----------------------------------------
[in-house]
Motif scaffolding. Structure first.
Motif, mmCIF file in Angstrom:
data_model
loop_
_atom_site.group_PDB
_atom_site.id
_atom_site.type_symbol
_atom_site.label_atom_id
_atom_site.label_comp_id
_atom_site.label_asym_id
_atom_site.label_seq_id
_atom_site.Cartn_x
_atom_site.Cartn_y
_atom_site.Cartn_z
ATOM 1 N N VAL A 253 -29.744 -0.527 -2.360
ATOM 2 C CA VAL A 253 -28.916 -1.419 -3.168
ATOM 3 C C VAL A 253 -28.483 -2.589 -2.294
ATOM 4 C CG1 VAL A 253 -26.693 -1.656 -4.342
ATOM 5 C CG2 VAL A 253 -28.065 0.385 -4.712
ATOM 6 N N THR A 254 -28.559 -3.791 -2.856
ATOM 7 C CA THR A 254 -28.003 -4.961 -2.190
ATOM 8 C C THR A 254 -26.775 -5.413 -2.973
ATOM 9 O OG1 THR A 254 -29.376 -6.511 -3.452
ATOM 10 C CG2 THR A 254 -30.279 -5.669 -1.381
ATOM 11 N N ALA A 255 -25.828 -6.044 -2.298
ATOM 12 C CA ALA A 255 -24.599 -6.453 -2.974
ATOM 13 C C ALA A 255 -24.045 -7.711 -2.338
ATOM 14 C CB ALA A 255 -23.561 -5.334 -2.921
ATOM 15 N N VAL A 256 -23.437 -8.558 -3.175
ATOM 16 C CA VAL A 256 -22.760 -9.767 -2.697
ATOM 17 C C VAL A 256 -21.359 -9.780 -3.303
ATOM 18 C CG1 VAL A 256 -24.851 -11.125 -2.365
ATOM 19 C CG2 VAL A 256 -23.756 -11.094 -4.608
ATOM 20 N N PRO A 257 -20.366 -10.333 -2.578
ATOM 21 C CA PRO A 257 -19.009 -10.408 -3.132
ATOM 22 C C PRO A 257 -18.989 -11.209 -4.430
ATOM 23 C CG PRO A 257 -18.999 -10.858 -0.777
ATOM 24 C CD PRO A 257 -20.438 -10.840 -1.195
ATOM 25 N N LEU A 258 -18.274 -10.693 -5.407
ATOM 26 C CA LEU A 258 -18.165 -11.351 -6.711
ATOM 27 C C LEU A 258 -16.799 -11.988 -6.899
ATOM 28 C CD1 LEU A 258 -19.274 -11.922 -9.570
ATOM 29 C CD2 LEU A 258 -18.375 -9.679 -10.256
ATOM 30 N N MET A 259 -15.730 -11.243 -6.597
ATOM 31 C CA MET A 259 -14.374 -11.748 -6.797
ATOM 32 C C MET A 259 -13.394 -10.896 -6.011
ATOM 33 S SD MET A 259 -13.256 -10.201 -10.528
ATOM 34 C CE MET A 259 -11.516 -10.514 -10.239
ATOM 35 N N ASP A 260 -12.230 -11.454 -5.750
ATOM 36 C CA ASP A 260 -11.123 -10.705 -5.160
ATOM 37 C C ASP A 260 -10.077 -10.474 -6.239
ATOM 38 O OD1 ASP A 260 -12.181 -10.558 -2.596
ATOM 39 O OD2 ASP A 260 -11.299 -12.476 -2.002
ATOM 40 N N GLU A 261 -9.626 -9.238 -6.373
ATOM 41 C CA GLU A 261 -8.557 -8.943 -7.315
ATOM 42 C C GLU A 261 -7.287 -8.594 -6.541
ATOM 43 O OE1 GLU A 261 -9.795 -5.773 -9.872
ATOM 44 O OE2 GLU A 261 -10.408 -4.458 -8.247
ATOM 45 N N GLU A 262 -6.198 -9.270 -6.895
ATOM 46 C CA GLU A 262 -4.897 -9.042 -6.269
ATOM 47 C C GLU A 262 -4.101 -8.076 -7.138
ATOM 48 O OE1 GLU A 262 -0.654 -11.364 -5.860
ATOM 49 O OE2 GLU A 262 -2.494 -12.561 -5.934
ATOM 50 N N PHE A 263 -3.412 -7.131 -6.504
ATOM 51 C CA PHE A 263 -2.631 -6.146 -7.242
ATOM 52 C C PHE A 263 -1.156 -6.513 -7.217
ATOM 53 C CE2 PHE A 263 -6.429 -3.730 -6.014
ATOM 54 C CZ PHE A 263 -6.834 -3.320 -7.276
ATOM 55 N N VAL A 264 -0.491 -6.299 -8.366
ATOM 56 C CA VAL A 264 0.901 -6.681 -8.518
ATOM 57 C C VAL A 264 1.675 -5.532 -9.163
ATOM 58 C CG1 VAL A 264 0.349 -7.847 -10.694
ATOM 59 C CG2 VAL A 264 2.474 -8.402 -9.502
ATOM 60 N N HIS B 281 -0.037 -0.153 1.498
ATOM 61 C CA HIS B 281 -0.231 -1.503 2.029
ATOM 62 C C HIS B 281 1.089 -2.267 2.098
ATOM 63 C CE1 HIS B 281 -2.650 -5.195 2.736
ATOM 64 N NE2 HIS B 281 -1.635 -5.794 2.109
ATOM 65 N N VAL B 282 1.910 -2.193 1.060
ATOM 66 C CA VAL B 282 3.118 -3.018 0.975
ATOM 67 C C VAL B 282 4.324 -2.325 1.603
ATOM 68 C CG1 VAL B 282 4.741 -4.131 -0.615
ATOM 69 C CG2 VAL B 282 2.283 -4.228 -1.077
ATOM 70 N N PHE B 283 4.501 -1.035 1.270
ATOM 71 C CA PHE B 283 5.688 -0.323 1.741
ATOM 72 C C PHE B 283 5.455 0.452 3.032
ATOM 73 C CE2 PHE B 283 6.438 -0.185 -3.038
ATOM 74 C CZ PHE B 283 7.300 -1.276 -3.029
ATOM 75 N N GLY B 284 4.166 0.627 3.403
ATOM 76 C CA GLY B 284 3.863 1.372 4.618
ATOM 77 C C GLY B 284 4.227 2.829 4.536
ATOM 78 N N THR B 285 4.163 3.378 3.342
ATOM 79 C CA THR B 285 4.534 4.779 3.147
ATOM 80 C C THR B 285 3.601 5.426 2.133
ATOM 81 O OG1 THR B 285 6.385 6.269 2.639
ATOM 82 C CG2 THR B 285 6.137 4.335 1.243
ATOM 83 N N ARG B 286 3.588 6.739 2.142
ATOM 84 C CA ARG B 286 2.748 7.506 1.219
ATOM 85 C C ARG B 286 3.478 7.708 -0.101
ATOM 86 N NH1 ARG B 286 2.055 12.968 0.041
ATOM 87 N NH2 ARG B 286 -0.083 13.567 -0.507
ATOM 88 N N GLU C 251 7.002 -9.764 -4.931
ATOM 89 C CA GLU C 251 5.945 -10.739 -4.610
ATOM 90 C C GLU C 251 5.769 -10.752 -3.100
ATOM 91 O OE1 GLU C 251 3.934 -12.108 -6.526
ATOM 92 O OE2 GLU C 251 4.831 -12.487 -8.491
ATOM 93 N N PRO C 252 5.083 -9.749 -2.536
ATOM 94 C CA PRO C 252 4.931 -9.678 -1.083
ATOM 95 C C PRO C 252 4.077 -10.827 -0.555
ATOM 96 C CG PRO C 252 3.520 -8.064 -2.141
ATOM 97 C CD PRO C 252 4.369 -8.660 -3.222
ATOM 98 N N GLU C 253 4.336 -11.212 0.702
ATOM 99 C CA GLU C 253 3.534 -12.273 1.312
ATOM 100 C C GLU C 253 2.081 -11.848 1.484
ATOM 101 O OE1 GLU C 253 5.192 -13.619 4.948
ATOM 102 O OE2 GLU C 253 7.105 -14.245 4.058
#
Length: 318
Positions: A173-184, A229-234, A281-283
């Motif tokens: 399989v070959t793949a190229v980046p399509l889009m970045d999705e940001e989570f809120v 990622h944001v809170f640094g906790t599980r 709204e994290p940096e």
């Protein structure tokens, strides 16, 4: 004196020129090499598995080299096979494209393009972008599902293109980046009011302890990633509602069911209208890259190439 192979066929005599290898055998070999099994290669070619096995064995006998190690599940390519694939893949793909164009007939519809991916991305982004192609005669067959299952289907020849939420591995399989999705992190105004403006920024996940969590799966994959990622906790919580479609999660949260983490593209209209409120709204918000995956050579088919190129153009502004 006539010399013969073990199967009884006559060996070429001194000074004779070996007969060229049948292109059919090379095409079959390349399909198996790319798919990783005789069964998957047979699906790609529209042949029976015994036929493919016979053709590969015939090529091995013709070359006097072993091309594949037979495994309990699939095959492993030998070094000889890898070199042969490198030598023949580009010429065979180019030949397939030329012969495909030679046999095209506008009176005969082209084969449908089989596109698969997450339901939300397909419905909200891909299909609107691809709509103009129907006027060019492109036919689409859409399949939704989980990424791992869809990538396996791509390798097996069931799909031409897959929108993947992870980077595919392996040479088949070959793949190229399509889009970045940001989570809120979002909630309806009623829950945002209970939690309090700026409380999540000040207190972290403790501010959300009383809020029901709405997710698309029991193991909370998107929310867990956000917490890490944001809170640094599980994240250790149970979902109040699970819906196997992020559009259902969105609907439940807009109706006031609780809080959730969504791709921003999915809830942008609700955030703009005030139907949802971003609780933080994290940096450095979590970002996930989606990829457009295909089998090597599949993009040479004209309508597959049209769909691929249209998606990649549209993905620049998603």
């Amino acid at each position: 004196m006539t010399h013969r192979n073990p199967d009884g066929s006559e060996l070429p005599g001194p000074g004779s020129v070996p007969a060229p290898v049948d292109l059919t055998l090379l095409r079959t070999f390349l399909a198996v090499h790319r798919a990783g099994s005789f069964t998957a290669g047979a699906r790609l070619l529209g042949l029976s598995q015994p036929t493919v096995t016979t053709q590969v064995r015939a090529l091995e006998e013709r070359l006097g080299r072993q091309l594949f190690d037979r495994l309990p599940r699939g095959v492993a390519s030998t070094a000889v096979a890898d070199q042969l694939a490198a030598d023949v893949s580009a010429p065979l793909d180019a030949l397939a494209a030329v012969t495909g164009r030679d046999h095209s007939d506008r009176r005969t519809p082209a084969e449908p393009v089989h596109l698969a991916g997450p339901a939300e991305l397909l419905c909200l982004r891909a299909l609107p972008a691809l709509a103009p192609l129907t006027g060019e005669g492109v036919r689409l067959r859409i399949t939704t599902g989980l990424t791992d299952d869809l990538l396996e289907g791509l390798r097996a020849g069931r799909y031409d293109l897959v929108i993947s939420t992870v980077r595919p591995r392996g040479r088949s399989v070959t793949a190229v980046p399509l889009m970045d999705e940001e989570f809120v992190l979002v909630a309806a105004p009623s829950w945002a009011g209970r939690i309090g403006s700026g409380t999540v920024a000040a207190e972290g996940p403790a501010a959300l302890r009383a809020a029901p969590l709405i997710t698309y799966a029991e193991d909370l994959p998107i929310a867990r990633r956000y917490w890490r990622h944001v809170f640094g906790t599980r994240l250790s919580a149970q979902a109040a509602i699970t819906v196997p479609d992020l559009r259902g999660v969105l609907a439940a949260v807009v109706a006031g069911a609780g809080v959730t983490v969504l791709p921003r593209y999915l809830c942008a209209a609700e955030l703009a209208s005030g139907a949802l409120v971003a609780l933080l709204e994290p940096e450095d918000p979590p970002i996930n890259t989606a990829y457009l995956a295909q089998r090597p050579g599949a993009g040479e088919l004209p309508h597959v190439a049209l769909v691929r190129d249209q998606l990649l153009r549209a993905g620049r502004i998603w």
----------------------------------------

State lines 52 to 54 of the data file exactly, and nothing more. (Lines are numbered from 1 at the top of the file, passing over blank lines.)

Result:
ATOM 37 C C ASP A 260 -10.077 -10.474 -6.239
ATOM 38 O OD1 ASP A 260 -12.181 -10.558 -2.596
ATOM 39 O OD2 ASP A 260 -11.299 -12.476 -2.002